In many xerophytes the leaves orare swollen, and are provided with a special water-storage tissue. Such plants are known as succulents, and are able to survive conditions of extreme drought by making use of their internal water supplies. Whenever the rate of water absorption is so low that the assimilatory tissue suffers from shortage, water passes from the storage tissue to the assimilatory cells, so permitting the continuance of . The houselcek is a succulent which grows between the tiles on the roofs of old houses, and which consists of a short bearing a close rosette of thick fleshy leaves. The biting stonecrop is another succulent with fleshy leaves which grows in stony places and is sometimes found on the tops of walls. Large quantities of water are stored in the swollen of desert , and some species of these plants are capable of losing as much as 50 per cent, of their water content without injury.
Succulence is also a characteristic of certain salt-marsh plants such as saltwort, sea purslane and glasswort, which are all more or less fleshy. But although they show this feature they cannot withstand drought as sucoessfully as the desert xerophytes, and quickly wilt and die if the water supply becomes too scanty. The succulence of salt-marsh plants does not help them in the way that it helps the desert succulents, and it may merely be a reaction of the plant to the presence of salt in the soil. The saltwort is known to lose much of its fleshiness if grown in soils poor in sodium chloride, and many ordinary plants become fleshy if grown in salt solution.
Resistance to Drought by Diminishing the Rate of Transpiration
Xerophytic plants show manyfor reducing the rate of transpiration, of which the following are the most important:— Thick Cuticle and Epidermal Cell Walls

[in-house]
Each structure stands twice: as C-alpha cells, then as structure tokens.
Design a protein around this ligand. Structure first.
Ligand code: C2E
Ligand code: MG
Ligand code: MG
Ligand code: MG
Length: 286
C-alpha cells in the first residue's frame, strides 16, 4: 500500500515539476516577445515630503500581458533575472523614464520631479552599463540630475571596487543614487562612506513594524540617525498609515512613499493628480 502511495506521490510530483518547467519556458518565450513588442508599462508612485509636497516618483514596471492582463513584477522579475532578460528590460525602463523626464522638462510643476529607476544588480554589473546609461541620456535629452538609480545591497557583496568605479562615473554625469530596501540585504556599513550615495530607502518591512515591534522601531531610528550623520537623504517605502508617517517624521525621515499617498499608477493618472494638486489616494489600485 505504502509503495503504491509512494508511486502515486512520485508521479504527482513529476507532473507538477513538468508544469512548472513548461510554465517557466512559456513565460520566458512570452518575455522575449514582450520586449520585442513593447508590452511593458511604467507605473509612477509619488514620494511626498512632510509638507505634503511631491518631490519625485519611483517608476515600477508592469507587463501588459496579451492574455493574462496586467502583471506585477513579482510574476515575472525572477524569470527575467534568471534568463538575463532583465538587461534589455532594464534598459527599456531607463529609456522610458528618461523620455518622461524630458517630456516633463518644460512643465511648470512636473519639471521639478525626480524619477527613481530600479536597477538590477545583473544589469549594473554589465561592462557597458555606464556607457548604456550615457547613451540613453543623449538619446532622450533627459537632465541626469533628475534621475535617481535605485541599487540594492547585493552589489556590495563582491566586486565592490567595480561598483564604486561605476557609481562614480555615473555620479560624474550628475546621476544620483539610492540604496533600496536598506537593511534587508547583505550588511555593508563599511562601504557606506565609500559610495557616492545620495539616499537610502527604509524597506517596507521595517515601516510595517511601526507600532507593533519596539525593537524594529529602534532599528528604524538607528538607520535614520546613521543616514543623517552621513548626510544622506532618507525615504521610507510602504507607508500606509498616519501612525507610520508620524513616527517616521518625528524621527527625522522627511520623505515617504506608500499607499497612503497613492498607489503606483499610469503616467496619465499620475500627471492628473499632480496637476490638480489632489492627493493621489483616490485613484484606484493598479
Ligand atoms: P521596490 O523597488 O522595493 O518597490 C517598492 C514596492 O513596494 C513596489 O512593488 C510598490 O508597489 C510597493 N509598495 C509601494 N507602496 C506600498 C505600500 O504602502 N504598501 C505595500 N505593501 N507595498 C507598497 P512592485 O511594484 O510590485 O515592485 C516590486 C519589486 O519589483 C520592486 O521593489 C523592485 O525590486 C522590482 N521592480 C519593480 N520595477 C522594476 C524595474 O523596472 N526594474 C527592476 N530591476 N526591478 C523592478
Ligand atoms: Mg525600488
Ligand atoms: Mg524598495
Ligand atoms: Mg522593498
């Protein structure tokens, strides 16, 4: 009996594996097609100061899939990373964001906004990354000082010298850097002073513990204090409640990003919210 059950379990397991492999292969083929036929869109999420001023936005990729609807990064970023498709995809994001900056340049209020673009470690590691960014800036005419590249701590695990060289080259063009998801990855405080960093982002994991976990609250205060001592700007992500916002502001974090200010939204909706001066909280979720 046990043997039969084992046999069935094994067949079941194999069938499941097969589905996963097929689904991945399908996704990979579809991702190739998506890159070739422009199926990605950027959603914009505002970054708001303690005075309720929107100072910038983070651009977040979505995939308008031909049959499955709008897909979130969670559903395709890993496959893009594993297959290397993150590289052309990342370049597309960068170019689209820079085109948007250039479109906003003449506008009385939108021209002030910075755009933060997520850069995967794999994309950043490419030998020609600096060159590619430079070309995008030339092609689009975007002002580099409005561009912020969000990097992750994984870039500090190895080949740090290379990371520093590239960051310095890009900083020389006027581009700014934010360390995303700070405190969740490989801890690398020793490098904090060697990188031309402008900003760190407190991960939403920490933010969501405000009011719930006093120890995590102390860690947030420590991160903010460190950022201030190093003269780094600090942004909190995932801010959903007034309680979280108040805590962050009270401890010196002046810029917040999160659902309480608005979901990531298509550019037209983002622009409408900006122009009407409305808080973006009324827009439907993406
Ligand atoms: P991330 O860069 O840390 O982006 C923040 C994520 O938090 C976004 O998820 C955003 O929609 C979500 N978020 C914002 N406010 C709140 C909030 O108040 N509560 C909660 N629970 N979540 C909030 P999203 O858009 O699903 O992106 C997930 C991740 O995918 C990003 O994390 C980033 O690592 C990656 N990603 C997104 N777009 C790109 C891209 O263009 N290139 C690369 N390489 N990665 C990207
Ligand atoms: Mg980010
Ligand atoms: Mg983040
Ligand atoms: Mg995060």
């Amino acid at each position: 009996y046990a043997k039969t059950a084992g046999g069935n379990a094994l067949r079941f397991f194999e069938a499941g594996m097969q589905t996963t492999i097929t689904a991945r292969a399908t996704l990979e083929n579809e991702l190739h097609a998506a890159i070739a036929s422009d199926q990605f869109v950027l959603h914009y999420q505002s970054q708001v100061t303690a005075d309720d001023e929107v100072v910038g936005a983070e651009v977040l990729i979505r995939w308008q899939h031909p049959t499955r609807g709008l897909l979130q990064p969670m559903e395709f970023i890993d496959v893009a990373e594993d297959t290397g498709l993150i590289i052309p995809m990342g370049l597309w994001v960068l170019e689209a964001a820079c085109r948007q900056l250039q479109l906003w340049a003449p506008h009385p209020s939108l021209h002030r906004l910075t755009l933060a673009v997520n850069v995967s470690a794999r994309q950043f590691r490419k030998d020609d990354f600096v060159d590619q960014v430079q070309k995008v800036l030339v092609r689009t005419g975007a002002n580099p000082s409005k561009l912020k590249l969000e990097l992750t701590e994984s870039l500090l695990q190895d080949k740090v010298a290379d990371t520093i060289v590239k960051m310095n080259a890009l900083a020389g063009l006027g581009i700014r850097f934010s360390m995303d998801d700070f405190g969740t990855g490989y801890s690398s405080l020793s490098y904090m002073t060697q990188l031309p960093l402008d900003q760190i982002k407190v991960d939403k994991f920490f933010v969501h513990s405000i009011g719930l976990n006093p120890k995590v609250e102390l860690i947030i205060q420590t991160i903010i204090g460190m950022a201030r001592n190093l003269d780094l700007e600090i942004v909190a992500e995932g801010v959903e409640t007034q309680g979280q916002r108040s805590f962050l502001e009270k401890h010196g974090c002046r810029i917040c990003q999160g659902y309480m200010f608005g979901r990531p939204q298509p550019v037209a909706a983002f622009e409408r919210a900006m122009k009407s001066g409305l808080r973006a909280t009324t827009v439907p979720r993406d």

These features prevent the loss of water through the epidermis, e.g. holly, conifers, laurel. A Covering of Hairs on the Leaf
The lower sides of coltsfoot leaves and both sides of the leaves of mullein and the Alpine plant edelweiss have a dense covering of hairs which help to reduce transpiration by maintaining a layer of moist air between the stomata and the outside air. The sinking of Stomata in Pits and Leaf rolling
In Pinus the stomata are sunk in pits, and in the sand-dune grass, Ammophila arenaria, they occur in grooves on the upper surface of the. Here again the effect is to reduce transpiration by placing a space containing moist air between the stomata and the atmosphere. In Ammophila this effect is increased by rolling, I.e. on dry days the edges of the leaf are curved round so as to enclose a chamber into which the stomata open, whereas on wet days the leaf flattens out. Reduction of the Leaf Surface
Many xerophytes, such as the heaths, have very small leaves. A pine tree has long narrow leaves, and the cypress has flat scale-like leaves which present a small transpiring surface to the air. In the broom the small leaves soon drop off and the long green stems perform the assimilatory functions. In this case, further protection from the heating effect of the sun is afforded by the verticalof the stems. Many cacti have no leaves, the functions of which are taken over by the swollen stems. Dwarfness of Habit
The close arrangement of the leaves and the low growing nature of many xeromorphic plants gives them protection from the drying wind.
The Value of Xeromorphic Features
Until recently it was thought that the xeromorphic features concerned with water storage and reduction of transpiration were the most important of the structural adaptations of xerophytes that enable them to survive in dry situations. But many plants show the thick cuticle, hairy covering and sunken stomata, etc., of typical xerophytes and yet do not show the power of resisting drought, which is the characteristic of xerophytes. It would appear that the ability of the protoplasm to suffer considerable water loss without injury, rather than the reduction of transpiration, is the feature which permits an xerophyte to exist sucoessfully under dry conditions. Some xerophytes, notably lichens, show no important xeromorphic features and yet are able to recover from prolonged desiccation. In conclusion, it must be said that the phenomenon of xeromorphism is not thoroughly understood, and that there are many aspects of the subject which have yet to be explained.